D12 Design Create a Forest Retreat among the Mountains of Vietnam

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This mountain house can be found on the periphery of a forest in northern Vietnam. The house, simply titled Forest House, has been created by the Vietnamese firm D12 Design.



The property is located on a secluded plot of land in Sóc Sơn. There’s no official building footprint provided, but it looks to be in the region of 538.19-square-feet (50-square-meters).



The house was built to accommodate 2 to 4 people visiting the mountain on a short term basis. It’s made of basic materials including, clay, stone, concrete, wood, glass and steel. Given the surrounding landscape, emphasis was placed on the use of natural materials.



To minimize the buildings impact on the environment, the designers wanted to keep the overall weight of the home as light as possible. The base of the home is constructed from a lightweight steel frame supported by posts that touch down on small pad foundations.

The views from the house are almost completely liberated; the interaction of the inside and the outside the home is maximized to bring nature inwards. – D12 Design

There are some playful elements in the design too, like the outdoor relaxation space made of a rope net. Care was taken not to disturb the existing trees, with the house, and and the net, wrapping around them.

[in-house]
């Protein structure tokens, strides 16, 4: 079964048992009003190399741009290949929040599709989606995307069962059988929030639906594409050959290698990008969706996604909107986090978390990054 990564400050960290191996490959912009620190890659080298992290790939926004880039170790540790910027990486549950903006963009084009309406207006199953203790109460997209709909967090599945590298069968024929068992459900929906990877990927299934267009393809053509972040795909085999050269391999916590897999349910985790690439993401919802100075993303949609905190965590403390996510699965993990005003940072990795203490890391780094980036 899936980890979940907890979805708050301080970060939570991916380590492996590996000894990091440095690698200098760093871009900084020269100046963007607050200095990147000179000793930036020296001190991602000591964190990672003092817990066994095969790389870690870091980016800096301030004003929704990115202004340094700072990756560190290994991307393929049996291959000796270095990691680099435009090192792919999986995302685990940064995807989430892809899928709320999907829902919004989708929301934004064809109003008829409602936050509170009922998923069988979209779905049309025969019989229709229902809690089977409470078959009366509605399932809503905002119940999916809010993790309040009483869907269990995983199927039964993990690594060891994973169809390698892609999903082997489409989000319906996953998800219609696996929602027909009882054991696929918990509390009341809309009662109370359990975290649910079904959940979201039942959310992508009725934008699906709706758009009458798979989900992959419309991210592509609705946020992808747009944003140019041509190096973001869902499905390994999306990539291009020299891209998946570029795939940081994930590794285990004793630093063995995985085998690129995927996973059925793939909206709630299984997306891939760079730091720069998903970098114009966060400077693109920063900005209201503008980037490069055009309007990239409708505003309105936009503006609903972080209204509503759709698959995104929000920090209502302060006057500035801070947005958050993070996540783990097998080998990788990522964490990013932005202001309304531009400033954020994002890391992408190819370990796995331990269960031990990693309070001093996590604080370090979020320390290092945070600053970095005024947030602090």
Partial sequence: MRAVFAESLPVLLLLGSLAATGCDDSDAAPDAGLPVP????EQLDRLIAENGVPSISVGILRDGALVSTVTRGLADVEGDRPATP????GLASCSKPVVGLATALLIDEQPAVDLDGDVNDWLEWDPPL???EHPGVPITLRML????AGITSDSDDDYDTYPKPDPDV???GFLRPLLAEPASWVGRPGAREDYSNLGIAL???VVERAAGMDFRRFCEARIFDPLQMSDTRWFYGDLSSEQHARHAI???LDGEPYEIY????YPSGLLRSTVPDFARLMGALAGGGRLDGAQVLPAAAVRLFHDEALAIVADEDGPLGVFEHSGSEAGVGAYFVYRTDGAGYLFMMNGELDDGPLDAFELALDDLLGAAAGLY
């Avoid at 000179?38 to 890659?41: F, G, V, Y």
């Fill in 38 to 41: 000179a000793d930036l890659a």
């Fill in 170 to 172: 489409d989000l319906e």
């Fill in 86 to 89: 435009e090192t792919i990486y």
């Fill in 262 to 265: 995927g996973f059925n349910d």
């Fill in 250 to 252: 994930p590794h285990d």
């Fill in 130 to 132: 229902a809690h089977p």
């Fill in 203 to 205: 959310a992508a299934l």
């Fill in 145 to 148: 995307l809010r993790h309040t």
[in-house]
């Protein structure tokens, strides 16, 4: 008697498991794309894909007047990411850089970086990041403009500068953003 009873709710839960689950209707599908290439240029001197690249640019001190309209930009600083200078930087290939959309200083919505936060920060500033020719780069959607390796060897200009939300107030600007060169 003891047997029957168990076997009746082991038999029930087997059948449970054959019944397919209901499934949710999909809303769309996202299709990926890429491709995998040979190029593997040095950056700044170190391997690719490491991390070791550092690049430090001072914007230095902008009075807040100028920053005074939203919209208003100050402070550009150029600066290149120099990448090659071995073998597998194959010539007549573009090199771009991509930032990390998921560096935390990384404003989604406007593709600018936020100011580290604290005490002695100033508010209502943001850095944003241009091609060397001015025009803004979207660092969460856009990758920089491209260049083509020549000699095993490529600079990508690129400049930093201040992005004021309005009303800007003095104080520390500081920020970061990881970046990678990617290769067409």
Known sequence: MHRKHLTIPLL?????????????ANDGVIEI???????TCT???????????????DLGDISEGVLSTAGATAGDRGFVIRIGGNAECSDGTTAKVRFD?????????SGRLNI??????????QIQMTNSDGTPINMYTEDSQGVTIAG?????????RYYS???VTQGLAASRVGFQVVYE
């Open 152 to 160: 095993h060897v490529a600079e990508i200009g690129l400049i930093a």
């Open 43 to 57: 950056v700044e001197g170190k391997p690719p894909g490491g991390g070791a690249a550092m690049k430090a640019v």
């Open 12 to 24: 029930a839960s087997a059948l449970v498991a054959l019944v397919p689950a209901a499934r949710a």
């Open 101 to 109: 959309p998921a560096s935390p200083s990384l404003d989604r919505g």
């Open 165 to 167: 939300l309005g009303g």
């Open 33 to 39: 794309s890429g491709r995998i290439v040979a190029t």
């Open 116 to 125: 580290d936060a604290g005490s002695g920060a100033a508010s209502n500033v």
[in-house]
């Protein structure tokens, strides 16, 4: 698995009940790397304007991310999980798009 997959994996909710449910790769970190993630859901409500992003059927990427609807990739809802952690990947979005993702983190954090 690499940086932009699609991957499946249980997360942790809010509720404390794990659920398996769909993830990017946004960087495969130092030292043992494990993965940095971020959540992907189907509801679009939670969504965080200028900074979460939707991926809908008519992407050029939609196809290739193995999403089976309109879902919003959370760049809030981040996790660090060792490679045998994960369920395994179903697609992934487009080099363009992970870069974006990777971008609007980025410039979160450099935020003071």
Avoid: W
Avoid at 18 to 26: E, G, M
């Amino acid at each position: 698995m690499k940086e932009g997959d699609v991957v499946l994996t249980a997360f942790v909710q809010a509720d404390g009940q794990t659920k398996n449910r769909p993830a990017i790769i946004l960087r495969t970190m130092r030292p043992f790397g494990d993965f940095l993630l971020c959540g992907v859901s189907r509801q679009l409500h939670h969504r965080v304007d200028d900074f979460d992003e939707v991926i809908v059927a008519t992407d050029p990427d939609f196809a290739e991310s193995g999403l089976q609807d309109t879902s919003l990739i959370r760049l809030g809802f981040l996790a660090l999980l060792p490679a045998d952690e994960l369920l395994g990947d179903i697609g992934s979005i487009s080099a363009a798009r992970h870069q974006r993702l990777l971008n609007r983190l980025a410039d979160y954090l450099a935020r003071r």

The construction often affects existing trees, forest house has a plan to retain the existing trees and make use of an outdoor playground with grid. – D12 Design

The floor plan is simple – a large potion of the plan is taken up by an open kitchen, dining area and living room. To the back, there’s a bathroom, and to the side a bedroom.


Photos © Lê Hoàng

Niall Burke

Structural engineer by day, tiny house designer by night. Niall has a keen interest in small spaces, green design, and sustainability. He started developing Humble Homes while studying for his masters degree in engineering. He is the founder and managing editor of Humble Homes.

  1. Except for a bathroom door opening into the kitchen and dining area, and a “playground” that makes me nervous (seems unsafe), I love everything about this house. I appreciate what it takes to create such works of art/engineering.